In order to work well with a contractor, you need to choose a good one for starter. After that, you’ve got to understand how they work in order to be a little more understanding. They’ve got lots of jobs at any given time. This is because they can’t possibly survive with one client. Knowing that, try to be a little more courteous when they say they can’t make it on a particular day. Also realize that sometimes the weather affects when a project will be completed.
Many people get frustrated when the contractor gives them a certain day to finish, and the project is still going two weeks after that day. Projects can take longer depending on the climate conditions. For example, if the house needs to be painted…that can’t be done if its too humid or too cold. It affects the paint drying.
So, you see, there are many little things that dictate when the project will be done that are out of their control, and affect the end-date. Here are some things that you should know, though, going into the project. Read: Employee vs. Independent Contractor Explained.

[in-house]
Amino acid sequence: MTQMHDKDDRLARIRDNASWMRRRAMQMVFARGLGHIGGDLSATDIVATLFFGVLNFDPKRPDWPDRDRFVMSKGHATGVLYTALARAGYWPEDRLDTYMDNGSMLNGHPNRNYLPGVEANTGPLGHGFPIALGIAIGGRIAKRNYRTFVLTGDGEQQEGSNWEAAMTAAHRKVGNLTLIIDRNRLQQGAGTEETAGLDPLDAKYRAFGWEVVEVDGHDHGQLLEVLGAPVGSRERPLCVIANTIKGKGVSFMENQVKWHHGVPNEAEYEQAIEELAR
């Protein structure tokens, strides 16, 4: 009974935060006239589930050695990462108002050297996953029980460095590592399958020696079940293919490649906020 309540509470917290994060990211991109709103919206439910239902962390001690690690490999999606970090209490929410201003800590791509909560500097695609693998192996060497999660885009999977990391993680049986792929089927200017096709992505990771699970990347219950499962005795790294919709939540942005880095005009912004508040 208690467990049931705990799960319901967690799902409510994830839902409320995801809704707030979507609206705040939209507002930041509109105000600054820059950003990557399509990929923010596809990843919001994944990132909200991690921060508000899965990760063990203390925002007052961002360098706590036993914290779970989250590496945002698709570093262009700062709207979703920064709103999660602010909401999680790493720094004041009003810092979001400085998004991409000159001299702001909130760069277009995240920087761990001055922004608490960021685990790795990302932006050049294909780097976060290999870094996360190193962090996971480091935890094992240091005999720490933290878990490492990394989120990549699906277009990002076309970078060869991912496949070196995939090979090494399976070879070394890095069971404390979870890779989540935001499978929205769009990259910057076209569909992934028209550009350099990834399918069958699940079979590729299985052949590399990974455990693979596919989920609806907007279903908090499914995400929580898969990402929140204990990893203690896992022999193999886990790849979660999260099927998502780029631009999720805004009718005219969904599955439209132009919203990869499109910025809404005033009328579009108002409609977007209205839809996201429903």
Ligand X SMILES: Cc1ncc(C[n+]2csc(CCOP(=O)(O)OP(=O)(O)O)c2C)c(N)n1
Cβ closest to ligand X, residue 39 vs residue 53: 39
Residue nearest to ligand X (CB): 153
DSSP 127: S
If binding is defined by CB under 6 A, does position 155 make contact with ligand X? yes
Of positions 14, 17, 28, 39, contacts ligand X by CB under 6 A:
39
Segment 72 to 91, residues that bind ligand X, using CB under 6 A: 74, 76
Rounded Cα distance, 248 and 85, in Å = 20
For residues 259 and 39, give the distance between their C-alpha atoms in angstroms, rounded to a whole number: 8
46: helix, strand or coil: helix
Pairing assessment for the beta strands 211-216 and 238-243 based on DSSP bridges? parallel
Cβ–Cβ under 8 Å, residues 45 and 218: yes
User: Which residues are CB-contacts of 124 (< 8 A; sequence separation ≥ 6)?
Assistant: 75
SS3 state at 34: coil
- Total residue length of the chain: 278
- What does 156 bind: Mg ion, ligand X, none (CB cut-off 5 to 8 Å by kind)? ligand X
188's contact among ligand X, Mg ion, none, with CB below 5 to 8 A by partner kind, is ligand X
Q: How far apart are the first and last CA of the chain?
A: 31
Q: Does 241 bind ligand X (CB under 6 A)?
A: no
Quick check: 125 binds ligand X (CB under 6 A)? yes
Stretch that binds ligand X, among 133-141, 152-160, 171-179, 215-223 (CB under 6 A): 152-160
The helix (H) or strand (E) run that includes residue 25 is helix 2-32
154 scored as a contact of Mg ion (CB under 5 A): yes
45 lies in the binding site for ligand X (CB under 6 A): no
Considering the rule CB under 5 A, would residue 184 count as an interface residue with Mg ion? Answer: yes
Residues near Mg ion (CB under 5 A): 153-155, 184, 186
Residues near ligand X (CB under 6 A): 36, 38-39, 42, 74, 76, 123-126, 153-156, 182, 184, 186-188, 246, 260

His loyalty is primarily with his subcontractors, not yours. This is because they have a relationship based on making money. They actually depend on each other for it. Also know that your contractor will be at your house least of everyone. You’ll see his subcontractors much more often than you’ll ever see him.
In order to pick a good contractor, you need to look to see if he has a criminal record, if he is licensed, if he has liability insurance, and if there are any complaints filed against his company with the BBB (Better Business Bureau). Definitely run a credit check on them. Find a Contractor on Angie’s List. You also should get several different quotes from different contractors.
Don’t always just choose the first one that you talk to. Be aware of whether he is using materials that he said he had leftovers of. Chances are, they could be shoddy materials. Not only that, but they could be leftover from another job. This means that if you have any leftover materials, he’ll be doing the same thing to you…giving them to another one of his clients and charging them money when you paid for them. See: Another Great Video on How to Hire a Great Contractor.
Lastly, never pay a contractor up front. You can give them a deposit, but never over 40% of the project cost. Any more than that, and you’ll regret it. People often don’t work as hard for a job when they’ve already been paid for it…would you give your best? Probably not. See: Building Supplies & Materials at Lowe’s.